A remarkable new TV programme is presenting our planet in a whole new light

Sarah Marshall looks at the world from a novel perspective by going behind the scenes of new BBC One series, Earth From Space.

Humans have lived on planet Earth for thousands of years, yet there are still hidden corners of the globe that remain untouched, and even familiar locations can look astonishingly different when observed from a new perspective.

Providing us with a bird’s eye view of forests, rivers and mountains, drone footage has revolutionised TV documentary-making in the last few years. Now, the BBC has gone one step  – or rather several hundred kilometres -further by producing a new natural history programme based on 300 satellite images taken from space.

Airing on BBC One on Wednesdays at 9pm, four-part series Earth From Space gives an intimate insight into the lives of 35 animal species, accompanied by human stories. Images are so detailed, cameras even managed to capture a wandering albatross nesting on Bird Island in the South Atlantic.

The Green River carves a canyon 300 metres deep as it snakes its way across Utah's landscape (NASA/PA)
The Green River carves a canyon 300 metres deep as it snakes its way across Utah’s landscape (NASA/PA)

On screen, phytoplankton blooms transform the ocean into an abstract work of art, Brazilian sand dunes are laced with lagoons during the wet season, and new penguin colonies are determined by the colour of their poo.

“Our mantra from the get-go was: what can satellite imaging add to the natural history genre that feels fresh, revelatory and from a new perspective?” says executive producer Jo Shinner.

Her team was especially interested in the extraordinary patterns created by living creatures, which could only be viewed from a distance: a series of trails coiling through Australia’s Outback created by wombats; clearings in the Congo blasted by mass elephant gatherings; and swathes of blooming rapeseed flowers painting China’s Yunnan province yellow.

The Lencois Maranhenses National Park, Brazil. These dunes and pools are hunting grounds for the stripey paninga turtle (BBC/PA)
The Lencois Maranhenses National Park, Brazil. These dunes and pools are hunting grounds for the stripey Paninga turtle (BBC/PA)

“Sometimes you gasp at seeing places you know from a different angle. Other times you simply can’t work out what on earth they could be,” adds Shinner, who loved to play a guessing game of which part of the world an image was representing.

While undoubtedly impressive in isolation, the scenes link together to tell a broader story about our planet.

“It’s only really from space that you can see how tiny, fragile and unique this planet is, and also how everything is connected,” says series director Barny Revill. “You really get a sense of how, like the butterfly effect, something happening in one place can have an impact thousands of miles away.”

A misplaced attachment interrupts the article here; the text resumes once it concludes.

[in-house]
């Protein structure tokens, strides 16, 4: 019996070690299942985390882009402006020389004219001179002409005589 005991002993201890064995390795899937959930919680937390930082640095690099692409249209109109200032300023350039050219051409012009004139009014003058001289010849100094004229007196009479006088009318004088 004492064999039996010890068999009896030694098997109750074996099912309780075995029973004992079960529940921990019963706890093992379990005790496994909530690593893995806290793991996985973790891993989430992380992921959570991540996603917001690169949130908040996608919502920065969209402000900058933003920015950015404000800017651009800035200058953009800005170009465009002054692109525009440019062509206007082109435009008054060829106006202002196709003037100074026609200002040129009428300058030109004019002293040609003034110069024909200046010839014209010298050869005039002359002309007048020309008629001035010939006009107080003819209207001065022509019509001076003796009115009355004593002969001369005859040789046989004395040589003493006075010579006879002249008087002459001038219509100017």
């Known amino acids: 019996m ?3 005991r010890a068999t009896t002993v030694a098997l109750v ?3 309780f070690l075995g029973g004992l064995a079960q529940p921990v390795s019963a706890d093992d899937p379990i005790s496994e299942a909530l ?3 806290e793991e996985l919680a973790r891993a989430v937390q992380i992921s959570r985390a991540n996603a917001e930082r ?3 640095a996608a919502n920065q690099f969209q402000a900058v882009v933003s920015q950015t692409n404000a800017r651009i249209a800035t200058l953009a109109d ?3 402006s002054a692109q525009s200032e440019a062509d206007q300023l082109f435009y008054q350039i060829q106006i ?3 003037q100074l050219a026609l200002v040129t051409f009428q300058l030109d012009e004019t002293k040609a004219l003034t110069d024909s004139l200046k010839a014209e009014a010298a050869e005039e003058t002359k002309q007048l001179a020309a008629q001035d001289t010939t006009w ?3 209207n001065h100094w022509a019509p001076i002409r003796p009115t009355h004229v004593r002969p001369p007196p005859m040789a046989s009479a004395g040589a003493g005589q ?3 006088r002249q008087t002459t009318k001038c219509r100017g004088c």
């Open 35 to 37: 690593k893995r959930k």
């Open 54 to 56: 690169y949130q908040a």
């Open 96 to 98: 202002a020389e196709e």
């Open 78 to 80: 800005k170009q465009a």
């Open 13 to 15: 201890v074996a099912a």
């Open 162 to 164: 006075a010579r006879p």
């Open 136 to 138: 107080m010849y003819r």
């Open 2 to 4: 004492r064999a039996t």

This unique perspective allowed the team to understand how animals shape their environment and, in turn, how the environment can dictate the behaviour of animals.

Elephants in Northern Kenya (BBC/PA)
Elephants in Northern Kenya (BBC/PA)

Such an ambitious project did inevitably present challenges. For example, it took almost a year to secure a shot of an oxbow lake in the Peruvian Amazon, due to the complications of cloud cover.

Streaming satellite images alongside footage filmed simultaneously on the ground also proved to be tricky. While filming in Buffalo Springs National Reserve in Kenya, Revill had to predict where an elephant family might be 48 hours in advance, as that was the amount of time required to get the coordinates up to a satellite which would then film Kenya on its next orbit.

The resulting footage is awe-inspiring, but scenes from the show communicate a chilling message too. Using images captured over several years, time-lapse footage reveals countryside consumed by cities, glaciers  rapidly shrinking, and primary forests reduced to empty, flat fields of monoculture.

Dozens of Forest Elephants gather at Dzanga Bai in the Central African Republic (Paul Thompson/PA)
Dozens of Forest Elephants gather at Dzanga Bai in the Central African Republic (Paul Thompson/PA)

“The scale and speed of the loss of pristine forest habitat is truly shocking,” warns series producer Chloe Sarosh. “In Madagascar there are so few trees to hold the island’s red earth together that it’s leeching out into the rivers. From space it looks like the island is bleeding.”

Tackling issues of conservation head-on is part of the BBC’s new approach to “warts and all” programme-making; telling the truth about what’s really happening to our planet. By shocking people into action the team hopes to cultivate greater sensitivity towards our environment.

“Astronauts talk about the “overview effect” and to some degree this series gives the audience that,” says Revill. “It’s a very powerful way to look at the natural world, and hopefully this series will inspire people to love our planet and help conserve it even more.”

Earth From Space starts Wednesday April 17, at 9pm, on BBC One.

Tags: TV